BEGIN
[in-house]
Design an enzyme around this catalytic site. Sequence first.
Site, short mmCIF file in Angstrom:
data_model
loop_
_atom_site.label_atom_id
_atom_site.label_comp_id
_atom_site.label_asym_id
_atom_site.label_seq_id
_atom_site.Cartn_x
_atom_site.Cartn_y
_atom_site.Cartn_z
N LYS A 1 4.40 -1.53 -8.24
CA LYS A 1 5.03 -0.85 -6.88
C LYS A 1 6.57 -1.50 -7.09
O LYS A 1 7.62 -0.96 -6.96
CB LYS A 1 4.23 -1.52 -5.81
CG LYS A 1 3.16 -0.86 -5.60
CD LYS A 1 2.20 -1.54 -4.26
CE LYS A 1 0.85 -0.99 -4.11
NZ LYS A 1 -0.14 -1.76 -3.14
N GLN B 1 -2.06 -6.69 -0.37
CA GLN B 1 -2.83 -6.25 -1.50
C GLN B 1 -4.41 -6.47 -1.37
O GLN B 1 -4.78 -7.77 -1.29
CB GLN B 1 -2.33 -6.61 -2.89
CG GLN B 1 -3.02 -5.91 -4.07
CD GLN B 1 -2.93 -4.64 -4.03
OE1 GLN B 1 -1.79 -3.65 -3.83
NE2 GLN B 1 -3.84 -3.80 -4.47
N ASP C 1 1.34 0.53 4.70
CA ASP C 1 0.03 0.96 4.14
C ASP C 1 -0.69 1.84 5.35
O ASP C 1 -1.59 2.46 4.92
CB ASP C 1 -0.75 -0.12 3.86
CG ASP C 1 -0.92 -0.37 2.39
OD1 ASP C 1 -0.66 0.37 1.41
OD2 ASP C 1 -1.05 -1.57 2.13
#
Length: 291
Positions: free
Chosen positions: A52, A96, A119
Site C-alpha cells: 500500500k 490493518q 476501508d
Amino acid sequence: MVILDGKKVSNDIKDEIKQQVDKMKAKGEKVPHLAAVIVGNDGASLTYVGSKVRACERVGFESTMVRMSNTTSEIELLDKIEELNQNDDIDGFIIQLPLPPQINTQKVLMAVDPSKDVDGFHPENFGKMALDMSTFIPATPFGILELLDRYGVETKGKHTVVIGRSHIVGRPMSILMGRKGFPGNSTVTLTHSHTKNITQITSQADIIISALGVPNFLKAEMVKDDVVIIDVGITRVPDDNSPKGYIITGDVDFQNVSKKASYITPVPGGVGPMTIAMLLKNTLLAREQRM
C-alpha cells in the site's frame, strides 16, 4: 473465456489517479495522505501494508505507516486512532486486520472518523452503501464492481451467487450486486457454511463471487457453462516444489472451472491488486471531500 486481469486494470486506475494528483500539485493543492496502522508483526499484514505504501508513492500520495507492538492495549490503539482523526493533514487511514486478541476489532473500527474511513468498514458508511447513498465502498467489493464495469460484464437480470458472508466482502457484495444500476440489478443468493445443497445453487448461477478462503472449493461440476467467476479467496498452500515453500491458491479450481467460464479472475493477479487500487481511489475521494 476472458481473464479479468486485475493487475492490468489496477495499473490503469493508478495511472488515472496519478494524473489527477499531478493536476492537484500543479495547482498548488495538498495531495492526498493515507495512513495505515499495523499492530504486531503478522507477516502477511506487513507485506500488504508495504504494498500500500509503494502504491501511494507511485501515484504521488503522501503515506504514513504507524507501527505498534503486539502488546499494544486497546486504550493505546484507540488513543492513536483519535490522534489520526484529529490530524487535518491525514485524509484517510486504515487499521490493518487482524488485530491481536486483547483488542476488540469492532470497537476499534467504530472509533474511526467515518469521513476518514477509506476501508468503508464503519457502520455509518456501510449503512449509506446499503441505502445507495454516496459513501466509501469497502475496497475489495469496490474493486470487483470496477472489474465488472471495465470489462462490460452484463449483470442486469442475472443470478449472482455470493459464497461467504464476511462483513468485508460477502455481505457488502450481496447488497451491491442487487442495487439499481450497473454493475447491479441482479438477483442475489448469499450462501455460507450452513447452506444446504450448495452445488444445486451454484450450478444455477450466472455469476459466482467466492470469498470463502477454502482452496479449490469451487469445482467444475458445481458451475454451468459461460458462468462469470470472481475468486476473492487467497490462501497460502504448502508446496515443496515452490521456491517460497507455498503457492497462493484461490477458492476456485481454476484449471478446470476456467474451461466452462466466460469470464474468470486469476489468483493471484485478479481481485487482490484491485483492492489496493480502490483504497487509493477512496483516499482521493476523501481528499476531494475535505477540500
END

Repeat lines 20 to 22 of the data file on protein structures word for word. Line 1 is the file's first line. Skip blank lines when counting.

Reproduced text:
CE LYS A 1 0.85 -0.99 -4.11
NZ LYS A 1 -0.14 -1.76 -3.14
N GLN B 1 -2.06 -6.69 -0.37